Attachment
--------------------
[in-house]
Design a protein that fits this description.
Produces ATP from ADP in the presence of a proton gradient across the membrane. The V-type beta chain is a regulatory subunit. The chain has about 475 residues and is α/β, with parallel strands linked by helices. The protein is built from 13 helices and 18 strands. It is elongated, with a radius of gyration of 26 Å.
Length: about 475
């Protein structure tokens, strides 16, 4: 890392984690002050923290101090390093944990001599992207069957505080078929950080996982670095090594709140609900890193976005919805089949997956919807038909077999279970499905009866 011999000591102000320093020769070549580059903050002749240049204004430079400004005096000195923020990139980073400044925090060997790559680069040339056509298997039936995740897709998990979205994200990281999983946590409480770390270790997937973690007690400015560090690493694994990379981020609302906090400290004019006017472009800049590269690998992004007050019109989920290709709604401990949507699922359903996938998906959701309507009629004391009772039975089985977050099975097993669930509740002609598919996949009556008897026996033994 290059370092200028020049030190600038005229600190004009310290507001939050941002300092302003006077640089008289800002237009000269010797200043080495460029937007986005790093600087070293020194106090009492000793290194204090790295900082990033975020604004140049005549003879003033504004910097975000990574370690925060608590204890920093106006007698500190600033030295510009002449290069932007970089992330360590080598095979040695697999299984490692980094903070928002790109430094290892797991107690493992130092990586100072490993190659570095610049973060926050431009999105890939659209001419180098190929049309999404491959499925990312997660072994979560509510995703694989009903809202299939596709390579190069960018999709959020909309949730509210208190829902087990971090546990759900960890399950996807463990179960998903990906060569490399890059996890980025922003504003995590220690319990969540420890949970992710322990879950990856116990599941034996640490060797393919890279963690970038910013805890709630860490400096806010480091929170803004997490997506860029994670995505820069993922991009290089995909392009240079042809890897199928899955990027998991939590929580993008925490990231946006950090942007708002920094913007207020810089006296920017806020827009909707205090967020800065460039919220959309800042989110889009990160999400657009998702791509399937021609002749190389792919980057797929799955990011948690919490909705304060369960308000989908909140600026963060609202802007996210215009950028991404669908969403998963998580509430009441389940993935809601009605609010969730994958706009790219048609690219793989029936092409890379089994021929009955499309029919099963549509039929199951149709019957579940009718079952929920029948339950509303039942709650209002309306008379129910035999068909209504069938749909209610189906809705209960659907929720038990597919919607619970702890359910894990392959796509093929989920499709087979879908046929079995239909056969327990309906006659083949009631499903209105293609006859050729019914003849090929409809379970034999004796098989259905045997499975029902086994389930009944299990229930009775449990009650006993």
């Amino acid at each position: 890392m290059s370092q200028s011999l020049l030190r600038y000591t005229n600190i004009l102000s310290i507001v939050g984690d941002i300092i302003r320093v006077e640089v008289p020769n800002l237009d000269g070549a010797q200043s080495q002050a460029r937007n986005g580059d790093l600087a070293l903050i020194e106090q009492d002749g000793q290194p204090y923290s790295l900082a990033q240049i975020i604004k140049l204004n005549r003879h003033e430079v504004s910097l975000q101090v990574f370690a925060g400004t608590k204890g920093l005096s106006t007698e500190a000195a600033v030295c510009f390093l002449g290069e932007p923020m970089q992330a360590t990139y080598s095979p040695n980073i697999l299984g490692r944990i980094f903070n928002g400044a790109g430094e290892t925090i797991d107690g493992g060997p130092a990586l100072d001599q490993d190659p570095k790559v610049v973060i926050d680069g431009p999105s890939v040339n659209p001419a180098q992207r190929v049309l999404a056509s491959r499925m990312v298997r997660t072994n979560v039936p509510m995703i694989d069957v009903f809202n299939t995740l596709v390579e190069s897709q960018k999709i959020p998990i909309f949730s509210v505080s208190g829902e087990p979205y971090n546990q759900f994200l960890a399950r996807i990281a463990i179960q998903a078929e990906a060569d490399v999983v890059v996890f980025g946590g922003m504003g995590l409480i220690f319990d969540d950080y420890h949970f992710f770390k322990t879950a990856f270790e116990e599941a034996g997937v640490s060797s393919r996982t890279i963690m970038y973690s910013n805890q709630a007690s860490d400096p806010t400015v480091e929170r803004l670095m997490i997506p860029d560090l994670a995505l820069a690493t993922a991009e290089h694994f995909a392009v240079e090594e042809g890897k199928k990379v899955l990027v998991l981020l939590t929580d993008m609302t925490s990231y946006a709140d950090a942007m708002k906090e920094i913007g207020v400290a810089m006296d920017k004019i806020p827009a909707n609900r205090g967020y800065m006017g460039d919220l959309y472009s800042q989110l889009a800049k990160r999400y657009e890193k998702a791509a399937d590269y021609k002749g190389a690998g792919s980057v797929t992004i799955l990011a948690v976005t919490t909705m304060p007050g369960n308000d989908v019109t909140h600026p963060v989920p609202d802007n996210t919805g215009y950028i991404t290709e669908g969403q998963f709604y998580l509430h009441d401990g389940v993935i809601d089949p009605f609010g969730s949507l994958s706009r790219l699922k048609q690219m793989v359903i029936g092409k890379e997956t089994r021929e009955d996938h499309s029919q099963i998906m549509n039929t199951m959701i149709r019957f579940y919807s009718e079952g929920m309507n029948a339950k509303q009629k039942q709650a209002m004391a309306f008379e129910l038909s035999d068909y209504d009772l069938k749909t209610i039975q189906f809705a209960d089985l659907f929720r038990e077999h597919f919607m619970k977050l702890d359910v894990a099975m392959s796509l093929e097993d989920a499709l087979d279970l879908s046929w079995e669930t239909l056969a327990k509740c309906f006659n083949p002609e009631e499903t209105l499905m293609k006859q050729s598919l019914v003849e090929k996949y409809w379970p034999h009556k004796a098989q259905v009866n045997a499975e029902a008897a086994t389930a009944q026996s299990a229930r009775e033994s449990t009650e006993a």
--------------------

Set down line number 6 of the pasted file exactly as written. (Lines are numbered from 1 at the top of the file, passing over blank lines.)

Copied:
């Amino acid at each position: 890392m290059s370092q200028s011999l020049l030190r600038y000591t005229n600190i004009l102000s310290i507001v939050g984690d941002i300092i302003r320093v006077e640089v008289p020769n800002l237009d000269g070549a010797q200043s080495q002050a460029r937007n986005g580059d790093l600087a070293l903050i020194e106090q009492d002749g000793q290194p204090y923290s790295l900082a990033q240049i975020i604004k140049l204004n005549r003879h003033e430079v504004s910097l975000q101090v990574f370690a925060g400004t608590k204890g920093l005096s106006t007698e500190a000195a600033v030295c510009f390093l002449g290069e932007p923020m970089q992330a360590t990139y080598s095979p040695n980073i697999l299984g490692r944990i980094f903070n928002g400044a790109g430094e290892t925090i797991d107690g493992g060997p130092a990586l100072d001599q490993d190659p570095k790559v610049v973060i926050d680069g431009p999105s890939v040339n659209p001419a180098q992207r190929v049309l999404a056509s491959r499925m990312v298997r997660t072994n979560v039936p509510m995703i694989d069957v009903f809202n299939t995740l596709v390579e190069s897709q960018k999709i959020p998990i909309f949730s509210v505080s208190g829902e087990p979205y971090n546990q759900f994200l960890a399950r996807i990281a463990i179960q998903a078929e990906a060569d490399v999983v890059v996890f980025g946590g922003m504003g995590l409480i220690f319990d969540d950080y420890h949970f992710f770390k322990t879950a990856f270790e116990e599941a034996g997937v640490s060797s393919r996982t890279i963690m970038y973690s910013n805890q709630a007690s860490d400096p806010t400015v480091e929170r803004l670095m997490i997506p860029d560090l994670a995505l820069a690493t993922a991009e290089h694994f995909a392009v240079e090594e042809g890897k199928k990379v899955l990027v998991l981020l939590t929580d993008m609302t925490s990231y946006a709140d950090a942007m708002k906090e920094i913007g207020v400290a810089m006296d920017k004019i806020p827009a909707n609900r205090g967020y800065m006017g460039d919220l959309y472009s800042q989110l889009a800049k990160r999400y657009e890193k998702a791509a399937d590269y021609k002749g190389a690998g792919s980057v797929t992004i799955l990011a948690v976005t919490t909705m304060p007050g369960n308000d989908v019109t909140h600026p963060v989920p609202d802007n996210t919805g215009y950028i991404t290709e669908g969403q998963f709604y998580l509430h009441d401990g389940v993935i809601d089949p009605f609010g969730s949507l994958s706009r790219l699922k048609q690219m793989v359903i029936g092409k890379e997956t089994r021929e009955d996938h499309s029919q099963i998906m549509n039929t199951m959701i149709r019957f579940y919807s009718e079952g929920m309507n029948a339950k509303q009629k039942q709650a209002m004391a309306f008379e129910l038909s035999d068909y209504d009772l069938k749909t209610i039975q189906f809705a209960d089985l659907f929720r038990e077999h597919f919607m619970k977050l702890d359910v894990a099975m392959s796509l093929e097993d989920a499709l087979d279970l879908s046929w079995e669930t239909l056969a327990k509740c309906f006659n083949p002609e009631e499903t209105l499905m293609k006859q050729s598919l019914v003849e090929k996949y409809w379970p034999h009556k004796a098989q259905v009866n045997a499975e029902a008897a086994t389930a009944q026996s299990a229930r009775e033994s449990t009650e006993a």